Friday, January 12, 2007

It’s a Legal Matter, Baby

The crew at blogHouston has noted the latest installment in Houston Chronicle soccer columnist Glenn Davis’ campaign to get somebody---probably you there, Mr. and Ms. Taxpayer---to build a soccer-only stadium for Ollie Luck and the Houston Dynamo. We can only add that the $250 million deal to bring washed-up matinee idol David Beckham to the Major League Soccer doubtless has brought renewed pressure on Luck, the former Harris County-Houston Sports Authority director, to deliver a new stadium.

After all, we can’t have a celebrity of Beckham’s stature and financial wherewithal squatting in dingy, artificially turfed Robertson Stadium, can we? Besides, somebody’s gotta cough up for Beckham’s salary (probably you there …). We expect Luck’s other agent at the Chronicle, John Lopez, to weigh in shortly with coy hints of a deal that’s probably being cooked up behind closed doors at this very moment. As soon as he gets Luck’s OK.

So we’ll turn our attention to another Chronicle crooner who stepped up to the microphone this week to unlimber some bu-bu-bu-boo on behalf of yet another prospective World Class venue for our town. This one was flagged for us by our colleague Il Pinguino. The estimable IP was righteously torqued by a line in the Thursday column by Ken Hoffman, in which the paper’s resident funnyman (not much competition on that front, unless it’s some of the anonymous authors of some of the paper’s editorials) made a strange and out-of-character endorsement of casino gambling. Il calls it “one of the all-time dumbest sentences ever printed in a major daily newspaper.” There is heavy competition on that front, but you be the judge:
Gambling already is legal, so it's not a moral question.
“Right,” says IP. “And equal rights for blacks was not a moral issue in 1955, because segregation was legal.”

As IP notes, it appears that the Drive-Thru Gourmet was saying that because bingo and horse and dog racing are already permitted in Texas, any moral questions about casino gambling have been resolved. The law just needs to catch up.

We say tell it to the Baptists.

Hoffman stumbled on with one of the all-time great unattributed paragraphs we’ve seen in a daily newspaper:
I could list all the potential benefits of legalizing casino gambling, like $3.2 billion in tax revenues for the state, with $1.6 billion helping send kids to college. Cities and counties would get $800 million. Thousands of people, including Wayne Newton, would find work in Texas.
Well, as our coozan George Will would say from between pursed lips.

Hoffman must have been mighty busy with his calculator, or, most likely, cutting and pasting somebody’s talking points. Do tell whose. It's SOP.

The whys and wherefores of Hoffman’s sudden interest in public policy are both a mystery and a puzzle. Along with Leon Hale, the last known survivor of The Alamo, Hoffman anchors the front of the Chronicle’s ghastly Star section and from what we remember usually devotes his inches to dashed-off updates on professional wrestlers, Jimmy Buffett and the whereabouts of second-tier local TV news personalities, and whatnot. He, of course, is wildly popular and easily the best-remunerated journalist in Houston and perhaps the entire state, at least on a dollars-to-hours-actually-worked basis. We can assume he’s not getting comped at Harrah’s.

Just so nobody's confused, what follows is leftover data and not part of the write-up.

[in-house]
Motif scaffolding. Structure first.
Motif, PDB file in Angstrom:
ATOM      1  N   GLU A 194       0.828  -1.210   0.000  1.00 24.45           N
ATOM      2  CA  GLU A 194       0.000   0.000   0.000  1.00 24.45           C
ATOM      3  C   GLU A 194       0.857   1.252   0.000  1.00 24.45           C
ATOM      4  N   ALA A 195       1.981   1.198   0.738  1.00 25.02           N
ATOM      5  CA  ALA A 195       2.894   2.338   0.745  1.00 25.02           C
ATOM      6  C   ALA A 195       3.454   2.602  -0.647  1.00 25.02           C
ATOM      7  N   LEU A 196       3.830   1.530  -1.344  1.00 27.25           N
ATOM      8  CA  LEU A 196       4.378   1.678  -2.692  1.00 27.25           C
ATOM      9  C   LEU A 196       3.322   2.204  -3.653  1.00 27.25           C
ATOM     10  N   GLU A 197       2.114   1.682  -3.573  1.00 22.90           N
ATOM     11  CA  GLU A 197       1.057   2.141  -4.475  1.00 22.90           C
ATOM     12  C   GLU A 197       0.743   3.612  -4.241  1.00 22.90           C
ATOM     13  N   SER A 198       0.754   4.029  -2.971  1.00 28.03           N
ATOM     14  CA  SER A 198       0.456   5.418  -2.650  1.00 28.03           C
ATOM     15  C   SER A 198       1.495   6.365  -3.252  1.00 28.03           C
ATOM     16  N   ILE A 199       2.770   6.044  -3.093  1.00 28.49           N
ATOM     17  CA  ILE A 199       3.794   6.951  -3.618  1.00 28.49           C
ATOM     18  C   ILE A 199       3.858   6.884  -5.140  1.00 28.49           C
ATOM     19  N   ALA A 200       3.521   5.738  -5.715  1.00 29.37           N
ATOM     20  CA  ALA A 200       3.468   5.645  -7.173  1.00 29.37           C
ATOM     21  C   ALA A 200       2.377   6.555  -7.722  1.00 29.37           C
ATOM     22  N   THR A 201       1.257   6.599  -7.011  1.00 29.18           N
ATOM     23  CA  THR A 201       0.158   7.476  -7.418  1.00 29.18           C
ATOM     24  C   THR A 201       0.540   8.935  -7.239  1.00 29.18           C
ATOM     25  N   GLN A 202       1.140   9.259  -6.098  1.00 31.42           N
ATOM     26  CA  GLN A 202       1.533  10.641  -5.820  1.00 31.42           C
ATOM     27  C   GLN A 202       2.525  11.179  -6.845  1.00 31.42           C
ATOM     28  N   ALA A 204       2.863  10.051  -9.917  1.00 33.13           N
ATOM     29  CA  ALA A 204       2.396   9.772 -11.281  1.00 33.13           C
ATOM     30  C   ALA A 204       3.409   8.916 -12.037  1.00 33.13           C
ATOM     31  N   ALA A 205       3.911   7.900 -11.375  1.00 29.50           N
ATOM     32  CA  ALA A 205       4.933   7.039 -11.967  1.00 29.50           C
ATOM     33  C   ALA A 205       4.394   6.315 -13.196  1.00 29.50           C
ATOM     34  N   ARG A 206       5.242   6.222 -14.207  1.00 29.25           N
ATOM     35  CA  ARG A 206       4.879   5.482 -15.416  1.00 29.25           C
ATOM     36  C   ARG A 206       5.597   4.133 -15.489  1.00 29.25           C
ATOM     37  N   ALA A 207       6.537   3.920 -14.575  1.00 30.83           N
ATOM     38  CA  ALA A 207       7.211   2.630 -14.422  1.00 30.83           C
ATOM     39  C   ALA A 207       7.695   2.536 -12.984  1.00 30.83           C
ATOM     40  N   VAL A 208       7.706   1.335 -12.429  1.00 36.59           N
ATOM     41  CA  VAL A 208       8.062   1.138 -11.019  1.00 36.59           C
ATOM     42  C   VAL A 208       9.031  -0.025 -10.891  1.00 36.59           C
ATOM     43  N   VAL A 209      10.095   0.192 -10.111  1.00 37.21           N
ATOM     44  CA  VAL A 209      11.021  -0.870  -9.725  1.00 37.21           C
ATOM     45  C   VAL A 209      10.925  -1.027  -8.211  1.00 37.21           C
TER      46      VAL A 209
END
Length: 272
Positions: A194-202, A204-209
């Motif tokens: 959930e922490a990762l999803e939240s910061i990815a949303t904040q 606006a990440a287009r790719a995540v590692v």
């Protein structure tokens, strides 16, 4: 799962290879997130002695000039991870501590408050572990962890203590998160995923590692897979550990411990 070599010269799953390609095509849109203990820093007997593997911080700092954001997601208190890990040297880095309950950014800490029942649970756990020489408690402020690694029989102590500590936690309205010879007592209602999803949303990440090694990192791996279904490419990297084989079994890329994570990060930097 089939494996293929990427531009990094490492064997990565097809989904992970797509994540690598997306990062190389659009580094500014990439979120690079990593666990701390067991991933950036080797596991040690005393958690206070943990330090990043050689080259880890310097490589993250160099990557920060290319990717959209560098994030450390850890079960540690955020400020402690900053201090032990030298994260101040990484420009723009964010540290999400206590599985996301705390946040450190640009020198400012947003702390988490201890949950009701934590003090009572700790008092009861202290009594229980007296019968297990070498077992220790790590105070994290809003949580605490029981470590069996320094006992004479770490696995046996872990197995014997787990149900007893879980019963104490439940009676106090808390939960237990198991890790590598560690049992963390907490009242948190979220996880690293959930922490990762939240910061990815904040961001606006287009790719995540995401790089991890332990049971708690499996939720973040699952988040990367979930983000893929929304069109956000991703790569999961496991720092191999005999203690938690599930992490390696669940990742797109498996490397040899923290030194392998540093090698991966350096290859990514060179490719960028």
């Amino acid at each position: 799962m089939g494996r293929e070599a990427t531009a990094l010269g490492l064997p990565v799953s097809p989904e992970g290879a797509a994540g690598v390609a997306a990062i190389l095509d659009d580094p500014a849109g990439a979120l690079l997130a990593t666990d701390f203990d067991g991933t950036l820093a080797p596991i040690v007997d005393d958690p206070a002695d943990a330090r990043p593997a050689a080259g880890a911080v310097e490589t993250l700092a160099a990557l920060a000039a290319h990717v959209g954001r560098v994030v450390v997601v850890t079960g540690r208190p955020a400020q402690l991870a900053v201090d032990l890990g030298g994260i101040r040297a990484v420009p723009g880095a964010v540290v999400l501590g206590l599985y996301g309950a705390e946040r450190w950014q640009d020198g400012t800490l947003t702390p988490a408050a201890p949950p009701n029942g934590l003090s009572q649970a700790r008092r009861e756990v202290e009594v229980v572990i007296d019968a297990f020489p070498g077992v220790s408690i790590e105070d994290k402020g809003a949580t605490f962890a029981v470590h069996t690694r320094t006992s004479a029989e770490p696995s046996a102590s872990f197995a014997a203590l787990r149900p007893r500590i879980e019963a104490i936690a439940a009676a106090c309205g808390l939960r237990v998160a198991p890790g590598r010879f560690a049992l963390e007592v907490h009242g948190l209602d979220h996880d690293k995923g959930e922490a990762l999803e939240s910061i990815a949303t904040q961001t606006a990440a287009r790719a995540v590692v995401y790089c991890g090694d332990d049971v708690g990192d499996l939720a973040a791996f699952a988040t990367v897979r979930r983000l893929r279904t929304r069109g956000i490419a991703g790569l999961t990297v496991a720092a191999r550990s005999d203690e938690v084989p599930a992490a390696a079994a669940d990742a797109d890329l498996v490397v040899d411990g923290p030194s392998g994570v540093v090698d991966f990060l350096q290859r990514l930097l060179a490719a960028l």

Can’t we?

One of Hoffman’s arguments is that because next-door Louisiana has casinos, Texas must follow suit or continue to lose out on all that revenue … and fun!

Yes, the legalization of casinos has done so much for Louisiana. People from all over the country are banging on the door to live and work there.

We suppose casinos are inevitable in Texas, although we hope the state will hold out as long possible, the way we used to hope that formerly home-owned Randalls would never sell booze, just on principle and for no particular moral reason (us=sentimental sucker). They’re just another necessary component of our cheap credit, debt-fueled, Easy Motoring and Commodification of Risk economy that will rumble well along, until it won’t. Or, as the union boss Frank Sobotka observed just before his violent demise in the second season of HBO’s very sharp The Wire, an elegiac and morally complex (Dostoevsky level) exploration of the self-enabled selling-out of America’s white and black working class, “We used to make shit in this country. Now we just stick our hands in each other’s pockets.”

Along those lines, and in keeping with our Slampo’s Place Mission Statement Point No. 14 to “always give credit where due,” we must gratuitously commend the daily newspaper's Loren Steffy, a bona fide grown-up, for slipping one into the media punchbowl that flowed for Apple’s rollout of its iPhone.* Whatever the legal niceties, the backdating of stock options for Steve Jobs and other Apple executives is certainly a moral question.

*As with many Americans eligible for membership in AARP, our only question about all these incessant new technological marvels is how long will it be before we have to break down and buy one so that we can remain a marginally functioning member of society, and what new password or PIN or personal identity confirmer will we have to add to the lengthy handwritten list of such that we keep stashed between our mattress and boxspring.